The Government is considering the possibility of granting leave and pay for mothers of children born by surrogates. Whilst this issue was not included in the Modern Workplaces Consultation document published in May last year, the Business Minister, Norman Lamb, has confirmed that BIS is looking into this. In addition, as reported in our May update, it is the subject of a Private Member's bill, and in C-D v S-T the employment tribunal decided to refer questions to the ECJ about whether EU maternity and discrimination law protects a woman who becomes a mother under a surrogacy arrangement


Loophole to be closed

The Government has recently published the Enterprise and Regulatory Reform Bill which includes its proposals for employment law reform. One issue in relation to whistleblowing which is now addressed in the Bill arose as a result of the concern that the ability to "blow the whistle" by employees in relation to their own employment contracts was not what was intended by the whistle-blowing legislation. To rectify this, the Bill specifies that a "qualifying disclosure" must be made in the public interest. There is no definition of public interest, but the explanatory notes do state that if a worker does not receive the correct amount of holiday pay (which may be a breach of the terms of his contract of employment), this is a matter of personal rather than public interest.


Failure to request holiday does not affect sick worker's right to carry over holiday

The Court of Appeal in NHS Leeds v Larner has upheld a tribunal's decision that a worker, who had been on sick leave for an entire leave year and had not taken any holiday during that period, was entitled to payment in respect of that year's unused statutory holiday entitlement on the termination of her employment.

The claimant's failure to request holiday or ask for it to be carried forward during the previous leave year did not mean that she lost the right to payment.

The court relied on ECJ cases which considered the effect of the Directive and, distinguishing this case from Fraser v South West London St George's Mental Health Trust on its facts, held that the claimant had had no opportunity to take (or to request to take) her accrued annual leave, since she had been dismissed while still on sick leave.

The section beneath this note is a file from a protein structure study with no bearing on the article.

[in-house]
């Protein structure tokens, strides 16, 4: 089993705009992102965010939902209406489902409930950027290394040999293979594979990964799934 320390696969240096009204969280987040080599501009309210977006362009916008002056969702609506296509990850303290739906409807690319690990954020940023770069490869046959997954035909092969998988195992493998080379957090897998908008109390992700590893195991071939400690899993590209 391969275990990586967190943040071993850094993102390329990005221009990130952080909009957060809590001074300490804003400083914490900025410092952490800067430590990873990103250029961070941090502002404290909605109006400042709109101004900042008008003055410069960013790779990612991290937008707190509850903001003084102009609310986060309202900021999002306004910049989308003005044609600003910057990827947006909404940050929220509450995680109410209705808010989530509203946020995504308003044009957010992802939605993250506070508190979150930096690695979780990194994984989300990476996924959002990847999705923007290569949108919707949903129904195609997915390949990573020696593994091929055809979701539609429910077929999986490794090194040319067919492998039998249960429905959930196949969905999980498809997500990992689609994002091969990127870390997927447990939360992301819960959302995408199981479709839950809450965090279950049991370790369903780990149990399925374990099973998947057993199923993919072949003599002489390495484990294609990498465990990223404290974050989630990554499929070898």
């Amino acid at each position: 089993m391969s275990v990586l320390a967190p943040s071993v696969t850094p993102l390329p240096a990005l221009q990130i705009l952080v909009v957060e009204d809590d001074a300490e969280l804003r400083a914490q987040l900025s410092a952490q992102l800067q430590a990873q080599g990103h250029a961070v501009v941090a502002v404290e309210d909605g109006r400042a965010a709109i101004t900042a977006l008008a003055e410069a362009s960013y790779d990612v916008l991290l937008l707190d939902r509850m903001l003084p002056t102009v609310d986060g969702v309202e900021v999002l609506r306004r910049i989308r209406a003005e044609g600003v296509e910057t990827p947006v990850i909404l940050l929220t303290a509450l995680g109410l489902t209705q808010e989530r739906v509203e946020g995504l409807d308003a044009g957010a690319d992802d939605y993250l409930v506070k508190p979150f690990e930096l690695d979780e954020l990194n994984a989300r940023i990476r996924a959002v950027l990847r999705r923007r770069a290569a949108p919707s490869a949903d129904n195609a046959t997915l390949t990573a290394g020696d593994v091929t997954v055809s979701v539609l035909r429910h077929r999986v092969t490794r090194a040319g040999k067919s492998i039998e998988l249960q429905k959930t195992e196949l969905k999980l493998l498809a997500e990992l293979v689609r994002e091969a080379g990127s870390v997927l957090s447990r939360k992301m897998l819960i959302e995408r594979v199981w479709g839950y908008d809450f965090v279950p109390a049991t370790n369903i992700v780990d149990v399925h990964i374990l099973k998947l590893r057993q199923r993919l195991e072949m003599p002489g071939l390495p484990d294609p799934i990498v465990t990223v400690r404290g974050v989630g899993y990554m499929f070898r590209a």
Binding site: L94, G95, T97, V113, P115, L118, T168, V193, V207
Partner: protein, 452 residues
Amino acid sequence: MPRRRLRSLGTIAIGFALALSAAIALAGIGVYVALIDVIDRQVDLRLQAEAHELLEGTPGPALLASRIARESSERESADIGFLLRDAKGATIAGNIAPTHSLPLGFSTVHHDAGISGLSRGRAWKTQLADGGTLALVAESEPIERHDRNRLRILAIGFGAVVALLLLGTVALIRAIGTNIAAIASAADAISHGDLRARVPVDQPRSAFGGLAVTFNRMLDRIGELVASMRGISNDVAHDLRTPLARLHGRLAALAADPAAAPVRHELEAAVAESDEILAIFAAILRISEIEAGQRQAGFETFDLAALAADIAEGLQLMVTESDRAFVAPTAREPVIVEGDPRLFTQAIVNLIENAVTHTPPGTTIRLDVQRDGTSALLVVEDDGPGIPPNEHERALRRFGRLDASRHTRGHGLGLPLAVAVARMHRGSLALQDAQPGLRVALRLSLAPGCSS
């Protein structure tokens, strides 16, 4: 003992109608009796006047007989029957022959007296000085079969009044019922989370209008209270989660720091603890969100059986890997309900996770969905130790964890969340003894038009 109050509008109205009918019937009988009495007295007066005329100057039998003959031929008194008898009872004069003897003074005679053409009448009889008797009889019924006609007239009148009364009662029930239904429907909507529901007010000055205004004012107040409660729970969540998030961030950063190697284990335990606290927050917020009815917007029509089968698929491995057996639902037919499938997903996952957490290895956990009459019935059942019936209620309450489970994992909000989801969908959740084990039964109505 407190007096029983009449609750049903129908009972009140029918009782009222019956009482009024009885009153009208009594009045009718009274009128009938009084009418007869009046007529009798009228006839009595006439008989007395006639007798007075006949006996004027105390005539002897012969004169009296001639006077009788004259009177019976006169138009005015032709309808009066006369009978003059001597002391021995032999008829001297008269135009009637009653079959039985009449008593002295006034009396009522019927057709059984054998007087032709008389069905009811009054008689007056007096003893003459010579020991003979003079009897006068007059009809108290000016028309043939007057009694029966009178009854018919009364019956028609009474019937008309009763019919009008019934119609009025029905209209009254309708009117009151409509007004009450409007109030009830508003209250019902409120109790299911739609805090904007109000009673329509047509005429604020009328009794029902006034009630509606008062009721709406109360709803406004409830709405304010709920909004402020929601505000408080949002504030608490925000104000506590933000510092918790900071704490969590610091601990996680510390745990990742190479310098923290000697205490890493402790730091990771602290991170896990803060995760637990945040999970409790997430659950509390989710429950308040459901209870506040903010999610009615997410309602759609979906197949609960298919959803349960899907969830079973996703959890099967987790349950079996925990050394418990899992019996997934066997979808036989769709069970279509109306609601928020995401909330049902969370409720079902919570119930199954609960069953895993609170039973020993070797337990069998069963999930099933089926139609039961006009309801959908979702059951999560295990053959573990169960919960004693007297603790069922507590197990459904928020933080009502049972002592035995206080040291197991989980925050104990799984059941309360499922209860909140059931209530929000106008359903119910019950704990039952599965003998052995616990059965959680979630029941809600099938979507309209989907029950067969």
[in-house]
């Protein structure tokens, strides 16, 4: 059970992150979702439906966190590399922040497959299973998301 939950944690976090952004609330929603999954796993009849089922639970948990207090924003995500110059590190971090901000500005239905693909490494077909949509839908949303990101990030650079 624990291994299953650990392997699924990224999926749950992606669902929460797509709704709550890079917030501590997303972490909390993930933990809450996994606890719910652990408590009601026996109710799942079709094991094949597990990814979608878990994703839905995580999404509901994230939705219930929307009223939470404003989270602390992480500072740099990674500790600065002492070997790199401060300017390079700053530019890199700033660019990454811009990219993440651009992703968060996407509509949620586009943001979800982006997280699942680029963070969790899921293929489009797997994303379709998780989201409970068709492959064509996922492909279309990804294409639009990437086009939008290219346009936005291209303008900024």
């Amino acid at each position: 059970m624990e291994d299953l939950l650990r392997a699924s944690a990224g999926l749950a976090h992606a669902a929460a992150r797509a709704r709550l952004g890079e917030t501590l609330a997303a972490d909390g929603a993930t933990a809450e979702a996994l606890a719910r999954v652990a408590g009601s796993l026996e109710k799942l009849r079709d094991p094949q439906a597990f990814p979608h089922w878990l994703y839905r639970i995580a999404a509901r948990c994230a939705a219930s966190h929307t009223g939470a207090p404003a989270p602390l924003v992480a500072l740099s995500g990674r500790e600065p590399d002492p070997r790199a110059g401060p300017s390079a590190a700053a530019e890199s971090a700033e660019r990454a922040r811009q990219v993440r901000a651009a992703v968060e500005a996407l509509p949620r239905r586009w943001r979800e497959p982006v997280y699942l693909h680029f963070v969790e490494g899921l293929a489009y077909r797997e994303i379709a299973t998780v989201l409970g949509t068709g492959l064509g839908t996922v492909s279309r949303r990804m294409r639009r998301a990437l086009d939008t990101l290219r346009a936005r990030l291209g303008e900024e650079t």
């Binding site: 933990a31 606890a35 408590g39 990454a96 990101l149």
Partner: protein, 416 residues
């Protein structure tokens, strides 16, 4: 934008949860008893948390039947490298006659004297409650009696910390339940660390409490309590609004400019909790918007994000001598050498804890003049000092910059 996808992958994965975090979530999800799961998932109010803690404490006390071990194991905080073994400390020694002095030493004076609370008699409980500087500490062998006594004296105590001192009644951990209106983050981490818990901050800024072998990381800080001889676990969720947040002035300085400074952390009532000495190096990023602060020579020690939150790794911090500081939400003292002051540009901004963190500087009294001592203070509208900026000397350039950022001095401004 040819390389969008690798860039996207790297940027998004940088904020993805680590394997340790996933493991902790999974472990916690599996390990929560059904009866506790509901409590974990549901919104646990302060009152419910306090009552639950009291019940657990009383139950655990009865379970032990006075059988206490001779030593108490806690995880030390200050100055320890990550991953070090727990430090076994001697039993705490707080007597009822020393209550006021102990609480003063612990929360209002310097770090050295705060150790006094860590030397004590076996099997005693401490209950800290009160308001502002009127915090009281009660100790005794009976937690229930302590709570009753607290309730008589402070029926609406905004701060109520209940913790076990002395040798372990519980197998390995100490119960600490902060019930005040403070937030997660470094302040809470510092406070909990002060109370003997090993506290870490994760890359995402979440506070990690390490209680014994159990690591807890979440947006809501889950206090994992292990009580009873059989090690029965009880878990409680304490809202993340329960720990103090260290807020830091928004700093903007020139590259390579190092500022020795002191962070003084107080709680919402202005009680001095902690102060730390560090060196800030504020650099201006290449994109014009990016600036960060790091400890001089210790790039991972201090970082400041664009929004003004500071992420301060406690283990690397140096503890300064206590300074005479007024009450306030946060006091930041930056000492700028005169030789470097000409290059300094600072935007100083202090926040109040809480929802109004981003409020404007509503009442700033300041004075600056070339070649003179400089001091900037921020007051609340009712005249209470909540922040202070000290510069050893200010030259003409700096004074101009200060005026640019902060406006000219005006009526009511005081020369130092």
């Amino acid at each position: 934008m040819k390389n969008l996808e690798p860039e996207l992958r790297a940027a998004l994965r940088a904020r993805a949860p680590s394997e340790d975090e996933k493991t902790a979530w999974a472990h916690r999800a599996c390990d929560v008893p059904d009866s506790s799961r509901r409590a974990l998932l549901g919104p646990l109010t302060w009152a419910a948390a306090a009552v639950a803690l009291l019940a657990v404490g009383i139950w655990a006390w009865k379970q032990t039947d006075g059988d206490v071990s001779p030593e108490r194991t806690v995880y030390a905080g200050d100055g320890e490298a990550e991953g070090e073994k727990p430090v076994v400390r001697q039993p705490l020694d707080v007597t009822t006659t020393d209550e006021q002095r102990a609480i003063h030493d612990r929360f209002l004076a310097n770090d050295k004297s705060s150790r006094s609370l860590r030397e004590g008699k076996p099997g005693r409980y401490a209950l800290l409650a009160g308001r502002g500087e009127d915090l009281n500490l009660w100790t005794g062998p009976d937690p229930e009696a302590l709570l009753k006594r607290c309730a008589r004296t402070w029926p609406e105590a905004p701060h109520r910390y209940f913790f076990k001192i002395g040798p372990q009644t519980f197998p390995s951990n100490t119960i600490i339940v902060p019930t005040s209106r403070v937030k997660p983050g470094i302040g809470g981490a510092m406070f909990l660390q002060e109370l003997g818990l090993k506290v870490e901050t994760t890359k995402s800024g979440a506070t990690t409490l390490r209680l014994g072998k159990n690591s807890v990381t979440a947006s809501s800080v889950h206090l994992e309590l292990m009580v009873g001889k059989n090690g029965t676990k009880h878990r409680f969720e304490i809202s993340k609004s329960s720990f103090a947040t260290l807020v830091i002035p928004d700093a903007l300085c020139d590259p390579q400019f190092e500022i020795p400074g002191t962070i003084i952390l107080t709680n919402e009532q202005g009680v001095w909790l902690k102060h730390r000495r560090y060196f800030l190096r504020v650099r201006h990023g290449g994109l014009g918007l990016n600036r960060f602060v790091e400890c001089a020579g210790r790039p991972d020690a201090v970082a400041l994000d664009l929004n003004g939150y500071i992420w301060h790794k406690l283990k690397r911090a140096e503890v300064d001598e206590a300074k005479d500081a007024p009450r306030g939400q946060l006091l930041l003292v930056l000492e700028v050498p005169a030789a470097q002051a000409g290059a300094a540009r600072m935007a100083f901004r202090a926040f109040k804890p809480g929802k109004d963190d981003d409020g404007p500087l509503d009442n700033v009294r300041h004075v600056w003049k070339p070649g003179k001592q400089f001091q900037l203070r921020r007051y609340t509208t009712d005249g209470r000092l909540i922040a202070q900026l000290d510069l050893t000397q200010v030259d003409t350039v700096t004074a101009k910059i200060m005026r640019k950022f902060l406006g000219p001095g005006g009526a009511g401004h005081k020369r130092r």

Sickness and annual leave

The most recent European judgment on the issue of what happens if a worker is sick when on annual leave has been considered in Asociacion Nacional de Grandes Empresas de Distribucion v Federación de Asociaciones Sindicales and others. This decision makes clear that if a worker becomes ill whilst on holiday, the period of illness can be reclaimed and taken as holiday at a later date. As a result, workers who are either ill before a scheduled holiday, or who fall ill during it, can reclaim holiday and even carry it over to the next holiday year if they are not able to take it in the same holiday year.

Whilst the WTR don't currently allow for this (amendments have been proposed as part of the Government's Modern Workplaces consultation) tribunals have to interpret them in light of European law which has led to some tribunals allowing the carry over of holiday. Employers therefore need to consider whether to include, within their sickness absence reporting procedures, a requirement that where a worker claims to be ill on holiday and wishes to reschedule this, they must provide medical evidence of their illness for the duration of the period they are seeking to reclaim. However, this raises its own practical difficulties as, depending on where the worker is holidaying, they may not be able to obtain medical evidence. Employers will need to consider each request carefully and consistently.


HSE Newsletter – new edition

The latest edition of the HSE newsletter has been published on its website. Please click here for further information.

Reappointment of HSE Chair

Judith Hackitt has been appointed for a further three years to October 2015 as HSE Chair.

HSE Annual Report and Accounts 2011/12

The HSE Annual report which covers its performance and looks at other key developments has been published. Please click here for further information.

HSE fatal injury statistics

The HSE's fatal injury statistics show that the number of workers fatally injured in Britain last year remains largely unchanged. 173 people were killed at work in the UK based on provisional data for April 2011 to March 2012 compared to 175 in 2010/2011. Construction still has the worst safety record, with 49 people killed. Please click here for further information.

HSE business plan

The HSE has published its business plan for 2012- 2015. The plan outlines the actions it will take to deliver the Government's reform agenda as outlined in the Lofstedt report. Please click here for further information. FAQs

The HSE has recently published FAQs on:

  • Lone working - Please click here for further information.
  • Equipment at work - Please click here for further information.


No specific update.

The content of this article is intended to provide a general guide to the subject matter. Specialist advice should be sought about your specific circumstances.